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Egypt, by Joan Blaeu, published by Frederick de Wit. c. 1680

Frederick de Wit (1630-1706)

The engraver and map-seller, Frederick de Wit, was born in Gouda (Netherlands) in 1630 as a son of Hendrick Fredericksz de Wit. Through his marriage with Maria van der Waag of Amsterdam in 1661, he obtained citizenship of the city where he had been working since 1648 and where he became one of the most famous engravers of maps of the second half of the 17th century. Although De Wit was a Catholic, which meant that he was not favoured at the time by the city council, he was awarded the honour of being listed as one of the "excellent citizens" on the roll of the city council in the years 1694-1704. However, his name was not written in the Guild of St. Luke book before 1664. At that time, he lived on the Kalverstraat "in de Witte Pascaert", where he stayed until his death in 1706. His earliest dates on maps engraved are 1659 (Regni Daniae) and 1660 (Worldmap).

Frederick de Wit published several world atlases, a sea atlas, and an atlas of the Netherlands.

The dating of the maps is difficult. However, as a privilege was granted in 1689, the annotation 'cum privilegio' marks an edition after 1688.

Around 1700 Frederick de Wit entered the market with a town atlas. He produced two volumes with in total 260 plans and views. Most of these were printed from plates used for Janssonius and Blaeu town atlases, respectively.

After he died in 1706, his widow continued the shop until 1709. The plates and stock of De Wit's atlas were sold to Covens & Mortier in 1710, who sold the atlas for a long period.


The Blaeus: Willem Janszoon, Cornelis & Joan

Willem Jansz. Blaeu and his son Joan Blaeu are the seventeenth century's most widely known cartographic publishers.

Willem Jansz. (also written Guilielmus Janssonius) = Willem Janszoon Blaeu was born in Uitgeest (Netherlands), near Alkmaar, in 1571. He studied mathematics under Tycho Brahe and learned the theory and practice of astronomical observations and the art of instrument- and globe-making.

In 1596 he came to Amsterdam, where he settled down as a globe-, instrument- and map-maker. He published his first cartographic work (a globe) in 1599 and probably published his first printed map (a map of the Netherlands) in 1604. He specialized in maritime cartography, published the first edition of the pilot guide Het Licht der Zeevaert in 1608, and was appointed Hydrographer of the V.O.C. (United East India Company) in 1633. After thirty years of publishing books, wall maps, globes, charts and pilot guides, he brought out his first atlas, Atlas Appendix (1630). This was the beginning of the great tradition of atlas-making by the Blaeus.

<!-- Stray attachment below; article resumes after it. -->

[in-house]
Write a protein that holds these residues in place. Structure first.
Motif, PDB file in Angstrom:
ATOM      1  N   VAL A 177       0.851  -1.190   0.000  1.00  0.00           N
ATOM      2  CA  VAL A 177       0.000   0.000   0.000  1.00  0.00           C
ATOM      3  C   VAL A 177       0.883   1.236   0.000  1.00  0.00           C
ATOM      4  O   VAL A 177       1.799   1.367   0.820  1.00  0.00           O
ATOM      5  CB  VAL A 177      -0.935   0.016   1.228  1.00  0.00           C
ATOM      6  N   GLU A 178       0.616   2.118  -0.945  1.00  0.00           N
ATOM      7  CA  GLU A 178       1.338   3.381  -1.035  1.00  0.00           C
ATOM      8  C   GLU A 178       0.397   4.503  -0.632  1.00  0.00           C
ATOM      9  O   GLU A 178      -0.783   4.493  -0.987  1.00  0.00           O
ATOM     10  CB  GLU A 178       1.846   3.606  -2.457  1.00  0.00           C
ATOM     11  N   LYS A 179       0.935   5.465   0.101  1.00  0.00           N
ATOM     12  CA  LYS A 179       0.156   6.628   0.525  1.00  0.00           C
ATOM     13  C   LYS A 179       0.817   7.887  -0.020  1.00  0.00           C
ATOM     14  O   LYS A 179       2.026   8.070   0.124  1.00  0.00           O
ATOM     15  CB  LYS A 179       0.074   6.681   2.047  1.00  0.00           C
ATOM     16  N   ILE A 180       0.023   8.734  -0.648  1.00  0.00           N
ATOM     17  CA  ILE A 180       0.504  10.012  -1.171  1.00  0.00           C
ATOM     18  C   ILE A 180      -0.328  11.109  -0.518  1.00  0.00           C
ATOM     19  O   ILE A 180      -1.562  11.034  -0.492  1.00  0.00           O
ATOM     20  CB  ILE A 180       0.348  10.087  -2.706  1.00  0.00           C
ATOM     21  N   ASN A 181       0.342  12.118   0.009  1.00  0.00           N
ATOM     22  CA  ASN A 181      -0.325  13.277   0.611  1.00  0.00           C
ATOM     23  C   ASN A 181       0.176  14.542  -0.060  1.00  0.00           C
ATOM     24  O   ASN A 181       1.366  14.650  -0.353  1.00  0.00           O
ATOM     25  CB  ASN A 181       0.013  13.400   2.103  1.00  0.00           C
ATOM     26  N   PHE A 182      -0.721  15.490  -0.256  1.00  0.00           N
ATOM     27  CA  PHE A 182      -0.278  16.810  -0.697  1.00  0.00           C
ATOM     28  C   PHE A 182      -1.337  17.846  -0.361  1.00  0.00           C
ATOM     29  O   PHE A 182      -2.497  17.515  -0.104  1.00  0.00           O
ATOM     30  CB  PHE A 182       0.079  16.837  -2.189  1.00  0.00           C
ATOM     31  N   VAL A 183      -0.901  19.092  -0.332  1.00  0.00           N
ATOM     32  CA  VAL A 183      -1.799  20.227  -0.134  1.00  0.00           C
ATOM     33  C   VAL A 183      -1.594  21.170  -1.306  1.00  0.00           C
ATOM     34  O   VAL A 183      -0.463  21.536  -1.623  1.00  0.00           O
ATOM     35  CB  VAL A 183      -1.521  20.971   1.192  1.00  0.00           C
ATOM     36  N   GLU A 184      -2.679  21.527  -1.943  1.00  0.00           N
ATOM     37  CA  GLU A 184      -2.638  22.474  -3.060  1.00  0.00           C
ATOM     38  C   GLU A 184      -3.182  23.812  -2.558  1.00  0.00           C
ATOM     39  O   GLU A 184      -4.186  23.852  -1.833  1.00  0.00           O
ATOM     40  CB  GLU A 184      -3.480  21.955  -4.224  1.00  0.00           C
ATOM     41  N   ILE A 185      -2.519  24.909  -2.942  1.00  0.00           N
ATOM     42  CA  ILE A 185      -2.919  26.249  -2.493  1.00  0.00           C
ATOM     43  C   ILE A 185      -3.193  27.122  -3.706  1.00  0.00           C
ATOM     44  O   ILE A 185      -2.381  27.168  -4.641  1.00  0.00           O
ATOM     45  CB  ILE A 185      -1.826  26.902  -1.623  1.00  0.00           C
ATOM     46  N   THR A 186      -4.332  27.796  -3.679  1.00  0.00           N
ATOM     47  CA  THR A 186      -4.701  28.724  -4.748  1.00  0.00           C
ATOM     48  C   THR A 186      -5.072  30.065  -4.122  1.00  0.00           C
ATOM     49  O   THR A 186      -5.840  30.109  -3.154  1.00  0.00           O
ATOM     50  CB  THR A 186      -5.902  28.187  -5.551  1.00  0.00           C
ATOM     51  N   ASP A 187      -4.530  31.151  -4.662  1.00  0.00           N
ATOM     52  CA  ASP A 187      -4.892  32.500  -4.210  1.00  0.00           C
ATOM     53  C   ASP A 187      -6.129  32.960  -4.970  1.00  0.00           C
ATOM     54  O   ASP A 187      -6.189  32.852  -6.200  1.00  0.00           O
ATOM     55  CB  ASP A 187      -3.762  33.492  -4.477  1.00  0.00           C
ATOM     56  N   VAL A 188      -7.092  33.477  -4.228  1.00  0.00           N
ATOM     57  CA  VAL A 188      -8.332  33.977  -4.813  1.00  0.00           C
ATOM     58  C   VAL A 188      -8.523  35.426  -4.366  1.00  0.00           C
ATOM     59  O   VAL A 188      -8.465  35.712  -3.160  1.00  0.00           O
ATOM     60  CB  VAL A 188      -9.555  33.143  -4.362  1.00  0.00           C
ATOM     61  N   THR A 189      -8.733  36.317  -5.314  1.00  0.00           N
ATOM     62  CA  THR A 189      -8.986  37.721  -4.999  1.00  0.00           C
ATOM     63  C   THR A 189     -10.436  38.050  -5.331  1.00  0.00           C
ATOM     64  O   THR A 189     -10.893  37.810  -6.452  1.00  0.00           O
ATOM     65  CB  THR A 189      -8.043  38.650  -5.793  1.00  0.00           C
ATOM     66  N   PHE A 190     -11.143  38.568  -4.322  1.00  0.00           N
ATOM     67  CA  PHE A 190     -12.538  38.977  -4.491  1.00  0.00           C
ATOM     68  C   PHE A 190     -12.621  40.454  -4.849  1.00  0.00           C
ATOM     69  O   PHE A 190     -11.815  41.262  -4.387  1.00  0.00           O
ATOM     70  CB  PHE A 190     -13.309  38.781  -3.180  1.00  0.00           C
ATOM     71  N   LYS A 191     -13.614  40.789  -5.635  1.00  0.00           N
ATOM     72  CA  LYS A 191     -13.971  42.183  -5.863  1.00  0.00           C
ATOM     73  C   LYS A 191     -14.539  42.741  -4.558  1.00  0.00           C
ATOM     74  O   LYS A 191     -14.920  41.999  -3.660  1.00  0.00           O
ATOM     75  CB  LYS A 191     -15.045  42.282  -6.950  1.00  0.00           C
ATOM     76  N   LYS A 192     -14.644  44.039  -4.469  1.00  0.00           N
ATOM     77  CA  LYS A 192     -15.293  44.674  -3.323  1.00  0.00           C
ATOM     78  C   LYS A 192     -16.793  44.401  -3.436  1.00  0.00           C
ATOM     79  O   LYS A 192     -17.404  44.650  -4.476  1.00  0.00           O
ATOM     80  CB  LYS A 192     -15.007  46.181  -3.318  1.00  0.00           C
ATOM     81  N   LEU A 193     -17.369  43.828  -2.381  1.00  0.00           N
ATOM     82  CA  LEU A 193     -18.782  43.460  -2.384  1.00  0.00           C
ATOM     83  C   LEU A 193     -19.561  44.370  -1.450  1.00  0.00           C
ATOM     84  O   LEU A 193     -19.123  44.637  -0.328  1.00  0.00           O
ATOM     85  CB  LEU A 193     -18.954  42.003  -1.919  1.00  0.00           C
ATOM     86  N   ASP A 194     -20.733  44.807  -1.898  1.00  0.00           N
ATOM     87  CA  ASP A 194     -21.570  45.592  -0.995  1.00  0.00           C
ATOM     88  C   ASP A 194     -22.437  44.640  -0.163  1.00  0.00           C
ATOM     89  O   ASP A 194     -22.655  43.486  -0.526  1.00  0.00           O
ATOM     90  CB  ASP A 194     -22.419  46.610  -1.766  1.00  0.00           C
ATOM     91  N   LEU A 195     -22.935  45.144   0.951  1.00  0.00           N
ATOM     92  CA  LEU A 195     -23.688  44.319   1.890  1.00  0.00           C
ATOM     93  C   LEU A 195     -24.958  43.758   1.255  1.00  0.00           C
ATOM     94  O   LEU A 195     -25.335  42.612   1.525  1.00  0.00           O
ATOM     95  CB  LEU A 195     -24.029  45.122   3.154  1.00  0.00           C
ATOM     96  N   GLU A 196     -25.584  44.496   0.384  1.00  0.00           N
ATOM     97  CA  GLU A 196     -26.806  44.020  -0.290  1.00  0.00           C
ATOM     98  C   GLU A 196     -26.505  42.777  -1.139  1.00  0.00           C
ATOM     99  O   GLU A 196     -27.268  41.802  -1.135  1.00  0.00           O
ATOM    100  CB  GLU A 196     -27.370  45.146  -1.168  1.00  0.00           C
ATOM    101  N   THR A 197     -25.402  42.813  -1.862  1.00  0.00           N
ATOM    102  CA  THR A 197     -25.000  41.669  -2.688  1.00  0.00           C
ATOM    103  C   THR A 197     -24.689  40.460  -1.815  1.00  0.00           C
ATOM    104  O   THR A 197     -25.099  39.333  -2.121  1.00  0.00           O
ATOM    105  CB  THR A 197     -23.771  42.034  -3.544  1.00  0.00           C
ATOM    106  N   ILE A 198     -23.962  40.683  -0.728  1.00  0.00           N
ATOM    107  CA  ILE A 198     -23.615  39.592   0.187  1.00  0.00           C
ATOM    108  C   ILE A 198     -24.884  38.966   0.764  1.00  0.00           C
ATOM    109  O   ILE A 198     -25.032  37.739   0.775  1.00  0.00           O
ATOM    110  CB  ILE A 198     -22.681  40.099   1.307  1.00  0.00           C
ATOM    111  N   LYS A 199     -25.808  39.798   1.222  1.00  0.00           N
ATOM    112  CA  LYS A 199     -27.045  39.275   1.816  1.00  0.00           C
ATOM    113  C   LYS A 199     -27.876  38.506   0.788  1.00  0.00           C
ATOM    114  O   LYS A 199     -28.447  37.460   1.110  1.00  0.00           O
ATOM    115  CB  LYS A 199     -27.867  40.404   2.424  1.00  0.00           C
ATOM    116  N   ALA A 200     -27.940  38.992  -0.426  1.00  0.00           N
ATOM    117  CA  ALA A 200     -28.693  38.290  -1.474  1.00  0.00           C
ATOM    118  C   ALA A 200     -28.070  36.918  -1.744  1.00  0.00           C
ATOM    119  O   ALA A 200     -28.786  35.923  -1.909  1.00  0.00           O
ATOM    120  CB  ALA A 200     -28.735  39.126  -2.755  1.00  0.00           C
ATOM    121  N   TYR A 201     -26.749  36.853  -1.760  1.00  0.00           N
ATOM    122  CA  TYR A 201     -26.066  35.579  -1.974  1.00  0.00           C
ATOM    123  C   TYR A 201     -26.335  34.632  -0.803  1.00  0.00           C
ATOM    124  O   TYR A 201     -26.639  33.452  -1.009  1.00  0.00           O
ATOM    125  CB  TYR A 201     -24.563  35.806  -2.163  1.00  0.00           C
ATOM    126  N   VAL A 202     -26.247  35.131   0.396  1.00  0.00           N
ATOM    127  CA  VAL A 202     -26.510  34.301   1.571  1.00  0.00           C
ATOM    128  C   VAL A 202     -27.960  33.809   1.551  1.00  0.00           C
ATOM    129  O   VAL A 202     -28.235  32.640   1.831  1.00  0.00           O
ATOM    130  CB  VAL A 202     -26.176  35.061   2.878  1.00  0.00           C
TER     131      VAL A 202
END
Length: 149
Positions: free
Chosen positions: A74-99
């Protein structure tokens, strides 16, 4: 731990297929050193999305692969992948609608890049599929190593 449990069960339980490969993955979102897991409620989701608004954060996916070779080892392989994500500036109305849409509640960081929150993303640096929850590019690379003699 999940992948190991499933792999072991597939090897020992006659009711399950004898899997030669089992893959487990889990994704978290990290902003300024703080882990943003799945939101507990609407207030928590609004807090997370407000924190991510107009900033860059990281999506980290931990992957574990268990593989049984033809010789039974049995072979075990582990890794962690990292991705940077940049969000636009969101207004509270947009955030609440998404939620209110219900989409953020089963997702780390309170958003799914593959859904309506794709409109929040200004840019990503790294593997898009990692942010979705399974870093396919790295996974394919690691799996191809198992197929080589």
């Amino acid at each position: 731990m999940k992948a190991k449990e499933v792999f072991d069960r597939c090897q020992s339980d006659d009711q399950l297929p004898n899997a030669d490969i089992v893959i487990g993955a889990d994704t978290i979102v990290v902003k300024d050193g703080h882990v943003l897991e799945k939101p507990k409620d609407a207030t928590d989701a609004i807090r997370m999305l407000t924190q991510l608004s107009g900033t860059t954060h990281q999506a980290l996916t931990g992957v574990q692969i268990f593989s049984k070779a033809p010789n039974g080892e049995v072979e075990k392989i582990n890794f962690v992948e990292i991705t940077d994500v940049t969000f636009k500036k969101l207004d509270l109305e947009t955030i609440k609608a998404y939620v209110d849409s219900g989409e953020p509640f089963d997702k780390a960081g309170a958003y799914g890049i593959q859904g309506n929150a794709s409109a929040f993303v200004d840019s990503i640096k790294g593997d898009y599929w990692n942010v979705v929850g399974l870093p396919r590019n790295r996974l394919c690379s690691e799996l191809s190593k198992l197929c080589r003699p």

In 1618 another mapmaker, bookseller and publisher, Johannes Janssonius, established himself in Amsterdam next door to Blaeu's shop. No wonder these two neighbours began accusing each other of copying and stealing their information and became fierce competitors who did not have a good word to say about each other. In about 1621 Willem Jansz. decided to end the confusion between his name and his competitor's and assumed his grandfather's sobriquet, 'blauwe Willem' ('blue Willem'), as the family name; thereafter, he called himself Willem Jansz. Blaeu.

Willem Janszoon Blaeu died in 1638, leaving his prospering business to his sons, Cornelis and Joan. Of Cornelis, we only know that his name occurs in the prefaces of books and atlases until c. 1645.

Joan Blaeu, born in Amsterdam in 1596, became a partner in his father’s book trade and printing business. In 1638 he was appointed his father’s successor in the Hydrographic Office of the V.O.C. His efforts culminated in the magnificent Atlas Major and the town books of the Netherlands and Italy – works unsurpassed in history and modern times, giving eternal fame to the name of the Blaeu's.

On February 23, 1672, a fire ruined the business. One year later, Dr Joan Blaeu died. The fire of 1672 and the passing away of the director gave rise to a complete sale of the stock of the Blaeu House. Five public auctions dispersed the remaining books, atlases, copperplates, globes, etc., among many other map dealers and publishers in Amsterdam. The majority was acquired by several booksellers acting in partnership.

In the succeeding years, the remaining printing department was left in the hands of the Blaeu family until 1695, when the printing house's inventory was sold at a public auction. That meant the end of the Blaeu's as a printing house of world renown.

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Nova Aegypti Tabula.

€350  ($374.5 / £308)
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Item Number:  10610
Category:  Antique maps > Africa
References: Van der Krogt 2 - 8650:2

Antique map of Egypt, by Joan Blaeu, published by Frederick de Wit.